Biochemistry 03/2012; 51(15):3264-72. · 3.38 Impact Factor
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    ABSTRACT: We have measured homogeneous and heterogeneous nucleation rates of sickle hemoglobin (HbS) in the presence of a strongly binding deletion mutant of the cytoplasmic domain of band 3 (cdb3), a membrane protein known to form dimers and to bind 2 HbS molecules to such a dimer, and we find that it accelerated both rates by a factor of 2. A weakly binding mutant, in contrast showed no impact on nucleation rates, contrary to naïve expectations of a slight enhancement based on the molecular crowding of the solution by the mutant. We find we can explain these phenomena by a model of HbS-cdb3 interaction in which the strong binding mutant, by stabilizing an HbS dimer, catalyzes the nucleation process, while the weak mutant binds only 1 HbS molecule, effectively inactivating it and thereby compensating for the crowding of the solution by the cdb3. The catalytic behavior we observe could play a role in intracellular processes.
    Biophysical chemistry 10/2009; 146(2-3):55-9. · 2.28 Impact Factor
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    ABSTRACT: The erythrocyte membrane skeleton is the best understood cytoskeleton. Because its protein components have homologs in virtually all other cells, the membrane serves as a fundamental model of biologic membranes. Modern textbooks portray the membrane as a 2-dimensional spectrin-based membrane skeleton attached to a lipid bilayer through 2 linkages: band 3-ankyrin-beta-spectrin and glycophorin C-protein 4.1-beta-spectrin.(1-7) Although evidence supports an essential role for the first bridge in regulating membrane cohesion, rupture of the glycophorin C-protein 4.1 interaction has little effect on membrane stability.(8) We demonstrate the existence of a novel band 3-adducin-spectrin bridge that connects the spectrin/actin/protein 4.1 junctional complex to the bilayer. As rupture of this bridge leads to spontaneous membrane fragmentation, we conclude that the band 3-adducin-spectrin bridge is important to membrane stability. The required relocation of part of the band 3 population to the spectrin/actin junctional complex and its formation of a new bridge with adducin necessitates a significant revision of accepted models of the erythrocyte membrane.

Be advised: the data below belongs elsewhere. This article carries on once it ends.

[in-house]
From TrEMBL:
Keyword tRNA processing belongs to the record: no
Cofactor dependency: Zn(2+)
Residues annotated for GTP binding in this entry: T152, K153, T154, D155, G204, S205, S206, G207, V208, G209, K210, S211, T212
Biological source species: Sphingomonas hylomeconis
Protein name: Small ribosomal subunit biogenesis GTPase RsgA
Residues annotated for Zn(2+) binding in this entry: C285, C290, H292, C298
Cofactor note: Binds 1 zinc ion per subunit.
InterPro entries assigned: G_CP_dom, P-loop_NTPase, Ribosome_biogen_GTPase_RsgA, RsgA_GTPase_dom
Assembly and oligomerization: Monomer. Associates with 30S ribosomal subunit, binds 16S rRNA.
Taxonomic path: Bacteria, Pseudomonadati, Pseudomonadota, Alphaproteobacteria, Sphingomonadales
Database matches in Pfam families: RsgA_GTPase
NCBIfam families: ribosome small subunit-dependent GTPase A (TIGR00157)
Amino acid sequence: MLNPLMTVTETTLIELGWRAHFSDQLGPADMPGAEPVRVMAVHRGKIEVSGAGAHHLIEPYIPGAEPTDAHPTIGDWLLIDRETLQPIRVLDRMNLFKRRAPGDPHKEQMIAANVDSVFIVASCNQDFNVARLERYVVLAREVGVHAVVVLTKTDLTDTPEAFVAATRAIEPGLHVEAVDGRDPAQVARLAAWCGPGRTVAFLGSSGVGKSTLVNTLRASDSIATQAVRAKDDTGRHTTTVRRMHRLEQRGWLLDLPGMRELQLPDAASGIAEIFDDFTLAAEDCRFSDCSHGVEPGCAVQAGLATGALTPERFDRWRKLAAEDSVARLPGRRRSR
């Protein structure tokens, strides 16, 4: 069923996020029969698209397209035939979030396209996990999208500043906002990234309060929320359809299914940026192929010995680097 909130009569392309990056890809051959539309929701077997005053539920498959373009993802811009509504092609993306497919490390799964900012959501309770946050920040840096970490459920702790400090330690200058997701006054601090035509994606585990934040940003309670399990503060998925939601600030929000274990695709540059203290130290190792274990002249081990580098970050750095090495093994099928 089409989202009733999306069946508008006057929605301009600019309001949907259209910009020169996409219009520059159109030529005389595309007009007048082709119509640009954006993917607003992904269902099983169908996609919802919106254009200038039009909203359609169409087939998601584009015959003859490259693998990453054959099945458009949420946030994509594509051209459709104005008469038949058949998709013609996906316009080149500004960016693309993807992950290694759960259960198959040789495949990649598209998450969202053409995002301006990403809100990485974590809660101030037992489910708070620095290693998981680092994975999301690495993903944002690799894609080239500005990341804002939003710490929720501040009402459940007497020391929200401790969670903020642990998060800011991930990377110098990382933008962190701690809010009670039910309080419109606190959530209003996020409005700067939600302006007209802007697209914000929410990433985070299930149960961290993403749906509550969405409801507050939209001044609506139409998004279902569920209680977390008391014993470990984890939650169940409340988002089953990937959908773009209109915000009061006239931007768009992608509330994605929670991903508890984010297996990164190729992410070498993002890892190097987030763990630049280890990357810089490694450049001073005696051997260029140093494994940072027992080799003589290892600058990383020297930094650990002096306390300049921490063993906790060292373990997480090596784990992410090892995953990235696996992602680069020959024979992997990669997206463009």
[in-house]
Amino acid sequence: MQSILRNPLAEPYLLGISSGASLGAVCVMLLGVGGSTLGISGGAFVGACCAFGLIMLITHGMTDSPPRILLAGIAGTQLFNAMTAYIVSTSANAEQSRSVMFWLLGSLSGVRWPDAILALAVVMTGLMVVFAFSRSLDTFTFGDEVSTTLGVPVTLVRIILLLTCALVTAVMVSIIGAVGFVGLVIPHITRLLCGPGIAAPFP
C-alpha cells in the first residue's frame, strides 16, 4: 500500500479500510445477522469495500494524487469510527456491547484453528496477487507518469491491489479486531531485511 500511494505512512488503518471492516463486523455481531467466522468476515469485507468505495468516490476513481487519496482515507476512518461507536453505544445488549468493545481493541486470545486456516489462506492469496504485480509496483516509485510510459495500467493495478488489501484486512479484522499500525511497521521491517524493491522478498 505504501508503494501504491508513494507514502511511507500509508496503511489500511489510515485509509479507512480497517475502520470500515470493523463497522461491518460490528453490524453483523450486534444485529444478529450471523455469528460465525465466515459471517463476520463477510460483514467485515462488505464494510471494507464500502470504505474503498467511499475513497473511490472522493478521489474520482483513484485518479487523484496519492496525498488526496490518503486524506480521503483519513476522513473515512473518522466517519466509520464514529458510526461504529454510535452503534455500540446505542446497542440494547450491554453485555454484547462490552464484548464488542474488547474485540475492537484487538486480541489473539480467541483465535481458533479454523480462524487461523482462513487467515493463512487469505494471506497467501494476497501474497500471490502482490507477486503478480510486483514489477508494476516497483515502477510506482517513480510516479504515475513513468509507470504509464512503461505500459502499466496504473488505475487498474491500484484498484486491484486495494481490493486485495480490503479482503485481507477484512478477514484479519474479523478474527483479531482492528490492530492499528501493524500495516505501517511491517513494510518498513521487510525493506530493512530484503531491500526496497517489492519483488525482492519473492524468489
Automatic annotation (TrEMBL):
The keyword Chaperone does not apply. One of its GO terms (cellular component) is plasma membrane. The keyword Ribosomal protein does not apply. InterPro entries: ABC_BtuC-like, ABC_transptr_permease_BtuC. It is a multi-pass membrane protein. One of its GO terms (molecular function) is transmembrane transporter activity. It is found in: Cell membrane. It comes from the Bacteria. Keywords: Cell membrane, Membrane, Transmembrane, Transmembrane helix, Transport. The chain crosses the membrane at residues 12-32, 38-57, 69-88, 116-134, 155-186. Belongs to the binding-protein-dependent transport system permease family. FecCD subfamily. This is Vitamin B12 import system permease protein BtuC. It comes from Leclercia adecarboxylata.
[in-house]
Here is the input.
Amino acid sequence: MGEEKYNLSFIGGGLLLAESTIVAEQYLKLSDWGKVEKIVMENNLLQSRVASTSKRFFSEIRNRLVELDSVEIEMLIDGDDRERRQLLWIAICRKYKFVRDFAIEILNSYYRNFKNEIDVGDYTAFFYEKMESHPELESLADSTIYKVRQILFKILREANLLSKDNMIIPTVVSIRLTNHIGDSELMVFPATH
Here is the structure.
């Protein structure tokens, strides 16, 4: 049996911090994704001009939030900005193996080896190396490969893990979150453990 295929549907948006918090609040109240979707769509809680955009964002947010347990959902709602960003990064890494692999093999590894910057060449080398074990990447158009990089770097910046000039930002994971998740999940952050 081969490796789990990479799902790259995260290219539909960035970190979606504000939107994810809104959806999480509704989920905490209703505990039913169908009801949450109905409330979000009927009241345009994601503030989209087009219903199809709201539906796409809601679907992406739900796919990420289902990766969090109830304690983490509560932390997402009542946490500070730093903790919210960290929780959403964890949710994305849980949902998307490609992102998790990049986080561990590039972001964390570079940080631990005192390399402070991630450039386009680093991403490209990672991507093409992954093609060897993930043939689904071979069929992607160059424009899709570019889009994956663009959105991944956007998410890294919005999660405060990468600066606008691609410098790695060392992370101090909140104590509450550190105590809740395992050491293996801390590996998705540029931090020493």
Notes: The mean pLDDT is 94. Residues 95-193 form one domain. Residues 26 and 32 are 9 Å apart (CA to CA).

Blood 07/2009; 114(9):1904-12. · 9.78 Impact Factor
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    ABSTRACT: Previous research has shown that glycolytic enzymes (GEs) exist as multienzyme complexes on the inner surface of human erythrocyte membranes. Because GE binding sites have been mapped to sequences on the membrane protein, band 3, that are not conserved in other mammalian homologs, the question arose whether GEs can organize into complexes on other mammalian erythrocyte membranes. To address this, murine erythrocytes were stained with antibodies to glyceraldehyde-3-phosphate dehydrogenase, aldolase, phosphofructokinase, lactate dehydrogenase, and pyruvate kinase and analyzed by confocal microscopy. GEs were found to localize to the membrane in oxygenated erythrocytes but redistributed to the cytoplasm upon deoxygenation, as seen in human erythrocytes. To identify membrane proteins involved in GE assembly, erythrocytes from mice lacking each of the major erythrocyte membrane proteins were examined for GE localization. GEs from band 3 knockout mice were not membrane associated but distributed throughout the cytoplasm, regardless of erythrocyte oxygenation state. In contrast, erythrocytes from mice lacking alpha-spectrin, ankyrin, protein 4.2, protein 4.1, beta-adducin, or dematin headpiece exhibited GEs bound to the membrane. These data suggest that oxygenation-dependent assembly of GEs on the membrane could be a general phenomenon of mammalian erythrocytes and that stability of these interactions depends primarily on band 3.
    Blood 09/2008; 112(9):3900-6. · 9.78 Impact Factor